> mindless consumerism has come under the sharpest of critiques.  More and
    > more, students are reacting against symbols of corporate or consumer
    > culture, and taking an identifiably jaundiced attitude toward
    > chain-stores that litter the city (most notably, Starbuck's, the Gap,
    > and Barnes & Noble).
    > All this is of interest to me because I've just been reading about the
    > origins of the New Left.  It seems that hardly anyone was able to predict
    > the explosiong of student activism that took hold in the 1960's, but
    > now looking back on this retrospectively, historians have capably found
    > all kinds of things that presaged Sixties activism - the beats, Mad
    > magazine, existentialism, critical sociology, protests against in loco
    > parentis and HUAC, demographic shifts in the university, and so on.  I
    > know that our moderator would like to keep this list Sixties-based, but
    > I'd love to hear what others on this list think about the current
    > possibilities for an even broader-based movement.
    > Best,
    > John McMillian
    > On Tue, 10 Oct 2000,
    > Ted Morgan wrote:
    > > Paula asked (a LONG time ago, message-wise):
    > >
    > > >  In spite of the--very, very hopeful--activities the past year re WTO and re
    > > > various ecological issues, in fact other than an occasional expressions of "Oh
    > > > those dot.coms!" or "Hey, cool," very LITTLE political expression has come out
    > > > of campuses, at least
    > > > from what I've heard, recently.   But I'm not in the academic world.  What is
    > > > the sense of you on this list who are, on student political consciousness or
    > > > activity now?
    > >
    > > Overall, based on local campuses (about 6 in the Lehigh Valley, including my own
    > > conservative Lehigh University), there's the usual smattering of activist folks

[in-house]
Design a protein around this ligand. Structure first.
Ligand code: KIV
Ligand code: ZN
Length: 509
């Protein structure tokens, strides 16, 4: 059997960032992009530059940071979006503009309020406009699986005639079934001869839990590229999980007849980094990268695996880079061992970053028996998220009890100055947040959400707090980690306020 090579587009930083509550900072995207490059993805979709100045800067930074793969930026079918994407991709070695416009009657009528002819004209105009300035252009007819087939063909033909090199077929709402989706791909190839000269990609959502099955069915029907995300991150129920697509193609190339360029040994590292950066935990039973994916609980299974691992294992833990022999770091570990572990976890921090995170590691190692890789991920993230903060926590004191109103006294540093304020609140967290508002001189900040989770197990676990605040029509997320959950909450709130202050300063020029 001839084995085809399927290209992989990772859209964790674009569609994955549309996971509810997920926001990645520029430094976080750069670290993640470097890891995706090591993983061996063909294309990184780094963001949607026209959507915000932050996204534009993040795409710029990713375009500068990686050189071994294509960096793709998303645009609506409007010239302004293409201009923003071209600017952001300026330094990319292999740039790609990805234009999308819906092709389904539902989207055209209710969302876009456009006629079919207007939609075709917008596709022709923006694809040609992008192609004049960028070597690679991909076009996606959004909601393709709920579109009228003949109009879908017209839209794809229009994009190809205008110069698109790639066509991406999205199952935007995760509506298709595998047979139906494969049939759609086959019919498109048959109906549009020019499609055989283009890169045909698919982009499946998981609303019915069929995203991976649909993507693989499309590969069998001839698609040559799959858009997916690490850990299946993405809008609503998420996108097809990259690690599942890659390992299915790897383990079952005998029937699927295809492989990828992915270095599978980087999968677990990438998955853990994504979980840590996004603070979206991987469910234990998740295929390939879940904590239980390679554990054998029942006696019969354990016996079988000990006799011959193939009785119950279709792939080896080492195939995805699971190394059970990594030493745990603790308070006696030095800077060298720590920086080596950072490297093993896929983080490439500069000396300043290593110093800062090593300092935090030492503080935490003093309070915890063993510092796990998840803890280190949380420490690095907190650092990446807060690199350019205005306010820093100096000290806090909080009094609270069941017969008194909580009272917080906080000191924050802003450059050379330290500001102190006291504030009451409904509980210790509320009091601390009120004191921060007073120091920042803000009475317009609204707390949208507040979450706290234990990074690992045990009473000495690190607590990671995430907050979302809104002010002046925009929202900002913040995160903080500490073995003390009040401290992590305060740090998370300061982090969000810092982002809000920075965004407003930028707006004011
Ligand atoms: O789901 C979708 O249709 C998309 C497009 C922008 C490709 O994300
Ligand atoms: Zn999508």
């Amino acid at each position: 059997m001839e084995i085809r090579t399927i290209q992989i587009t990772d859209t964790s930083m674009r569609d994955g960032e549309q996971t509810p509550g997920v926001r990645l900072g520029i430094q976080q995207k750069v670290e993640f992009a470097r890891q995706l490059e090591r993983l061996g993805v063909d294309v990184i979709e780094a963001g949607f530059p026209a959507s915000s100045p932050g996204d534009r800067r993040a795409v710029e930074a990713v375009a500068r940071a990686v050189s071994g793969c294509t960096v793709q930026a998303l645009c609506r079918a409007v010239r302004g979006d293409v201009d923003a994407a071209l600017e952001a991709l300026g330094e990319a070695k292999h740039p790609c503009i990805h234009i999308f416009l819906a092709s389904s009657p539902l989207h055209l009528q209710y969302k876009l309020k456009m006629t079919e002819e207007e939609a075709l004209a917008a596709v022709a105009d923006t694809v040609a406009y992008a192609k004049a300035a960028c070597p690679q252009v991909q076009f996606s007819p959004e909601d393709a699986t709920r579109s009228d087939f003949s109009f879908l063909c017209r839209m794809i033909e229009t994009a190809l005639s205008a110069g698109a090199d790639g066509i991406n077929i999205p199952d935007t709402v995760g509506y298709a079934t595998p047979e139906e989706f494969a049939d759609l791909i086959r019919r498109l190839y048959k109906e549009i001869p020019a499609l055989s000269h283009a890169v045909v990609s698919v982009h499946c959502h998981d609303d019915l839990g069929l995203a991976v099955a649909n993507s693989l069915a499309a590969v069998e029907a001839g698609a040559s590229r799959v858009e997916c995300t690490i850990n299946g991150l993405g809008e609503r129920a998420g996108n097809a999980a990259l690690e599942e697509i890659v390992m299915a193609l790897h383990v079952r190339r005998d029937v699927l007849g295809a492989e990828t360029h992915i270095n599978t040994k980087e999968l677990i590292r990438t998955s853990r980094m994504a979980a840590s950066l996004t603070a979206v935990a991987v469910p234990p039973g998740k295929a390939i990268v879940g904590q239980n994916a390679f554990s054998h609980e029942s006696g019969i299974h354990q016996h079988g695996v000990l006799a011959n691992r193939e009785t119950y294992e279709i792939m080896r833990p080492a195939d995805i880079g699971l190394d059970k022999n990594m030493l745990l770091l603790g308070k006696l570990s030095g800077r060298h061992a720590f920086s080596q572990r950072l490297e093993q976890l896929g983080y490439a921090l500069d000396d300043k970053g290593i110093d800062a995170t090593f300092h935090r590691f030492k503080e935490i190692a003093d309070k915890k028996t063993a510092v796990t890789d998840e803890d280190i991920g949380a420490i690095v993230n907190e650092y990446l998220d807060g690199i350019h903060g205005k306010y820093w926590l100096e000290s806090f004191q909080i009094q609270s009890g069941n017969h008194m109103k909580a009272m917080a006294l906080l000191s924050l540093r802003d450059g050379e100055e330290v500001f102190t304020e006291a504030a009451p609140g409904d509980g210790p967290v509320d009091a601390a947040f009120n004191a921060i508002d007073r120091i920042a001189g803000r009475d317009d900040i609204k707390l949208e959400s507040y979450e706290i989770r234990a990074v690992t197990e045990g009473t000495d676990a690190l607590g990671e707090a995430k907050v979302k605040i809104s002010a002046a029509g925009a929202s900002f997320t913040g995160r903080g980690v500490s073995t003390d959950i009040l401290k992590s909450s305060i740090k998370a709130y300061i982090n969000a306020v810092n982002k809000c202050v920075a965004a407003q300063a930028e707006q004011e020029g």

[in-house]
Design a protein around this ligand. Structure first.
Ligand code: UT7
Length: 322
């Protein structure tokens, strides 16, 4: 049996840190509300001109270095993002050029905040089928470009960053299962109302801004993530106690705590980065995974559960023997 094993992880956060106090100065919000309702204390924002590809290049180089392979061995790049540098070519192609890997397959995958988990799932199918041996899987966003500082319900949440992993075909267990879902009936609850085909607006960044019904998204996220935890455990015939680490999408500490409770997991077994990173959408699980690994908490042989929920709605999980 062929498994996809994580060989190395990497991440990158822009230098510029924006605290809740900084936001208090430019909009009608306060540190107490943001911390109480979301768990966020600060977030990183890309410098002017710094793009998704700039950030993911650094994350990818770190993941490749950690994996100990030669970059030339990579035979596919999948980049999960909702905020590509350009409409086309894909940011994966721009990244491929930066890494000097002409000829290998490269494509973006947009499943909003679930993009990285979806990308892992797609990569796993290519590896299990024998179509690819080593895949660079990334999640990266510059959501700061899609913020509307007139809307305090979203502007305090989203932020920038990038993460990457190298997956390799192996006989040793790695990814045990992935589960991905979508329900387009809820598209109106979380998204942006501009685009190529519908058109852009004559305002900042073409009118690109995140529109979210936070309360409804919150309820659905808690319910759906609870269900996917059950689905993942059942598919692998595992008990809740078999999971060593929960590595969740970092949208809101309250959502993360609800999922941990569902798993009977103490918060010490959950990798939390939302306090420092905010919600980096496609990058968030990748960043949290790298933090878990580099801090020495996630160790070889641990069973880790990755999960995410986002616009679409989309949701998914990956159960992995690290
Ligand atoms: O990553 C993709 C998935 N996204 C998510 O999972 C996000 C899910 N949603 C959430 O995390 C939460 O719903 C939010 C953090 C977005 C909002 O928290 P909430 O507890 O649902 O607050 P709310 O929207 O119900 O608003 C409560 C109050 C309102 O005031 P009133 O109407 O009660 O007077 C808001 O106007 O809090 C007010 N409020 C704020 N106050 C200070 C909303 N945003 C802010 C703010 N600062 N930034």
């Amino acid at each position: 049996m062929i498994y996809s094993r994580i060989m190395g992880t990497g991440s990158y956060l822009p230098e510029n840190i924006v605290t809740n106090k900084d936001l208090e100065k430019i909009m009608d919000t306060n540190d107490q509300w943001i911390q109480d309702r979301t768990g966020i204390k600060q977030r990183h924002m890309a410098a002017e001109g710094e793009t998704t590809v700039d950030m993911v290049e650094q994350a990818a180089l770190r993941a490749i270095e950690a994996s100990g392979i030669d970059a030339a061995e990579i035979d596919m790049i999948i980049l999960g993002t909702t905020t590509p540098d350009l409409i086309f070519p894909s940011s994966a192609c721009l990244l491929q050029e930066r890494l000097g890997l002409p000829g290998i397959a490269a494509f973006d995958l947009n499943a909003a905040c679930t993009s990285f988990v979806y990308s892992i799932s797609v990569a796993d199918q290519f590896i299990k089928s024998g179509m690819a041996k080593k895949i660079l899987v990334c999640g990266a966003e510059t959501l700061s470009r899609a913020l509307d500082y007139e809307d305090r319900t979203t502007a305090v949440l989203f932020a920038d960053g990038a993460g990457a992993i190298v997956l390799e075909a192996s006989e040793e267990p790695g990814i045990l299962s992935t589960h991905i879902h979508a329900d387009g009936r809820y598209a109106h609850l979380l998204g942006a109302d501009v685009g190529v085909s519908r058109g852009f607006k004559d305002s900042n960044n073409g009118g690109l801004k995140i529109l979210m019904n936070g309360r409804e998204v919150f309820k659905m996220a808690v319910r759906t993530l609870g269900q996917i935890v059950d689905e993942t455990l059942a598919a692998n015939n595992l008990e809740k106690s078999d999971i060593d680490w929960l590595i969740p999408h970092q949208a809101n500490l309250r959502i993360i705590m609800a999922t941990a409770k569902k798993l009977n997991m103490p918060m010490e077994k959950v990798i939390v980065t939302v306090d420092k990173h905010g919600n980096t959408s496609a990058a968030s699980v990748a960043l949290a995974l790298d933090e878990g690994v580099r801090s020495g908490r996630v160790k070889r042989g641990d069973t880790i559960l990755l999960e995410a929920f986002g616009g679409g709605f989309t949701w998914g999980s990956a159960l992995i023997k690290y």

> > trying like hell to raise a little consciousness with relatively little impact on
    > > the campuses.  The difference from the prior two decades (with a few exceptions
    > > --e.g. Gulf War), it seems, is that there are, in fact, some visible issues &
    > > mobilizations OUT THERE going on which local student organizing can link with in
    > > their audience's minds.  It's just that there is a huge, and I do mean huge, set
    > > of institutionalized, long-socialized attitudes & perceptions that undermine
    > > this.  Things like: (a) economic anxiety, fed for about 25 years; (b) the spread
    > > of consumerism which has socialized people into an increasingly self-focused
    > > perspective -i.e. liberation means I'll dress how I please; (c) the spread of a
    > > market/sprawl society which has over 55 years reduced more and more the "places"
    > > where people can bump into each other, talk about politics &local concerns as a
    > > matter of conversation, etc. --i.e., the sense of place and community that can
    > > give rise to imagining collective empowerment of the sort that existed in the
    > > civil rights, black power, student, antiwar, womens' & ecology movements (etc.);
    > > and (d) the particular media-culture 'mythologies' about the 60s --namely that
    > > they were about a generation's experiences & attitudes and, by the way, they
    > > failed.
    > >
    > > Good question, and a tough nut to crack.
    > > Ted Morgan
    > >